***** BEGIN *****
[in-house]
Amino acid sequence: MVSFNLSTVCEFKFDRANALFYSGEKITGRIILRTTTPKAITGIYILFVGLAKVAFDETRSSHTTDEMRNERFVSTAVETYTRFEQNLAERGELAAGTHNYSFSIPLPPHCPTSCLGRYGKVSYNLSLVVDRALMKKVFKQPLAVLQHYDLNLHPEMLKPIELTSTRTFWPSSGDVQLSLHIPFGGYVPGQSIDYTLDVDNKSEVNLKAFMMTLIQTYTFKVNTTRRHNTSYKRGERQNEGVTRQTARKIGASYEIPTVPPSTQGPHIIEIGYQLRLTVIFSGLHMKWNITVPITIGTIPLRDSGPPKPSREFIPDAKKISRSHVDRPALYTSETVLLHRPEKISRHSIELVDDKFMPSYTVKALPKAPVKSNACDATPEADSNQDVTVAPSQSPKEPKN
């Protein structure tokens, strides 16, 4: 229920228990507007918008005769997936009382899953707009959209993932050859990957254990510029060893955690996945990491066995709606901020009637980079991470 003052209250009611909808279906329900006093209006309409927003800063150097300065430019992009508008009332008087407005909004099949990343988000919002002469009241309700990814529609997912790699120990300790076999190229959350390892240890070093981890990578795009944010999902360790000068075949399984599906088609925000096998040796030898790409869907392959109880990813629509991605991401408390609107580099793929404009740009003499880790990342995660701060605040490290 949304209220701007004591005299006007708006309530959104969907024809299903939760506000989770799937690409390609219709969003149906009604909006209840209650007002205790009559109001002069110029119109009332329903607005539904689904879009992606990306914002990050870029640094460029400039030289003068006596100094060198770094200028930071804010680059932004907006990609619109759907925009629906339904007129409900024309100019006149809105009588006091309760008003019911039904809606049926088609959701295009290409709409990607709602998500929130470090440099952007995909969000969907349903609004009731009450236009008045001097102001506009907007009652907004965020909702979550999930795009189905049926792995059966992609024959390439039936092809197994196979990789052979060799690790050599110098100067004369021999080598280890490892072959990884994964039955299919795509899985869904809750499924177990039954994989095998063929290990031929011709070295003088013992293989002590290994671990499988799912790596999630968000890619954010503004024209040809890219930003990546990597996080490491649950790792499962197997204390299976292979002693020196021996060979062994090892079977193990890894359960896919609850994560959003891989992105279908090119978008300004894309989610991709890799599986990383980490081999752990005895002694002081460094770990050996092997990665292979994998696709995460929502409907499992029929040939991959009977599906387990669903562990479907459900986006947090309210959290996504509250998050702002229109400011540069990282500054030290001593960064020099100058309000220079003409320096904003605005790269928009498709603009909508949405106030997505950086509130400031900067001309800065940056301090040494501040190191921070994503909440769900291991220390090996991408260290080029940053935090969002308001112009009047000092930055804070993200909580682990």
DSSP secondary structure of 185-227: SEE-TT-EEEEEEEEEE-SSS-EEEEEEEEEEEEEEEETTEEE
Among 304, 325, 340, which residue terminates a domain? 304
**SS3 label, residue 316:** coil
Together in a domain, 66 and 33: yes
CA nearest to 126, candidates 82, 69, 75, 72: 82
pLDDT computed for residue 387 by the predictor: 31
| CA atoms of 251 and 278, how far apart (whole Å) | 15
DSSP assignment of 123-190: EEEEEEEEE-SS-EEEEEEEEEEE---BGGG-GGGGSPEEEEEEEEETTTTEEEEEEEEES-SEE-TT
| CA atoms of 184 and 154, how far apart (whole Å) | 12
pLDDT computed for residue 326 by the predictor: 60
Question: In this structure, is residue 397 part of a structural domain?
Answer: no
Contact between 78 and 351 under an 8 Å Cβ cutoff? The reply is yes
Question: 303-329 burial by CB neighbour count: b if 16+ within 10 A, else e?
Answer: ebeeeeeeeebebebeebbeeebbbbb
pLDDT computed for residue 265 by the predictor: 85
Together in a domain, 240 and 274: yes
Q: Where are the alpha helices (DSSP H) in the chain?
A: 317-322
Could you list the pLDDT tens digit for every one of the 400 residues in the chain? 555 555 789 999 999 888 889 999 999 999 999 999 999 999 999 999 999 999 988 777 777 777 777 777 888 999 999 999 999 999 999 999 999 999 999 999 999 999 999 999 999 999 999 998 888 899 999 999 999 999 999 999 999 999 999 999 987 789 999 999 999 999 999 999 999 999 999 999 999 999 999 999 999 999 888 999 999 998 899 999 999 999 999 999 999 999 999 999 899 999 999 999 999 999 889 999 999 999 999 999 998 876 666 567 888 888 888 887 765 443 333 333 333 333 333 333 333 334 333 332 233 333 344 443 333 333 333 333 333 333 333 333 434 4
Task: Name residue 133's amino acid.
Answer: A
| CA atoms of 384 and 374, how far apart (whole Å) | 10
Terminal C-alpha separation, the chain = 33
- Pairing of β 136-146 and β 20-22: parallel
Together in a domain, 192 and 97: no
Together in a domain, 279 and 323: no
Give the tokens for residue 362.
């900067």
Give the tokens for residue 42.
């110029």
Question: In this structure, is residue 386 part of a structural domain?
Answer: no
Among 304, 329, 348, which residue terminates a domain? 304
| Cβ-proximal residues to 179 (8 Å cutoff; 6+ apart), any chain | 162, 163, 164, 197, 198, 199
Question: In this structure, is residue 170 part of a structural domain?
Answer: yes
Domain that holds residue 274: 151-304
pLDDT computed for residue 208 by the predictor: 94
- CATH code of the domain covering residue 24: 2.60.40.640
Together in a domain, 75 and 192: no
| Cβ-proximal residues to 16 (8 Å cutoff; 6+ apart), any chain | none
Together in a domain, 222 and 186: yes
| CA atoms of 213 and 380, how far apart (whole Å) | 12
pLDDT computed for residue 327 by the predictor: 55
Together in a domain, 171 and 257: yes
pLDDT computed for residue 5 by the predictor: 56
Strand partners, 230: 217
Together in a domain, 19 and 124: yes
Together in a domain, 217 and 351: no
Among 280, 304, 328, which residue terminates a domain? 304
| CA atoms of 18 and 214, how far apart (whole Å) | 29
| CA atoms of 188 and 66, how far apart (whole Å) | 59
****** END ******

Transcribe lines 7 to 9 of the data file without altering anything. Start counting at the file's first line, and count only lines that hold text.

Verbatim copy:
Together in a domain, 66 and 33: yes
CA nearest to 126, candidates 82, 69, 75, 72: 82
pLDDT computed for residue 387 by the predictor: 31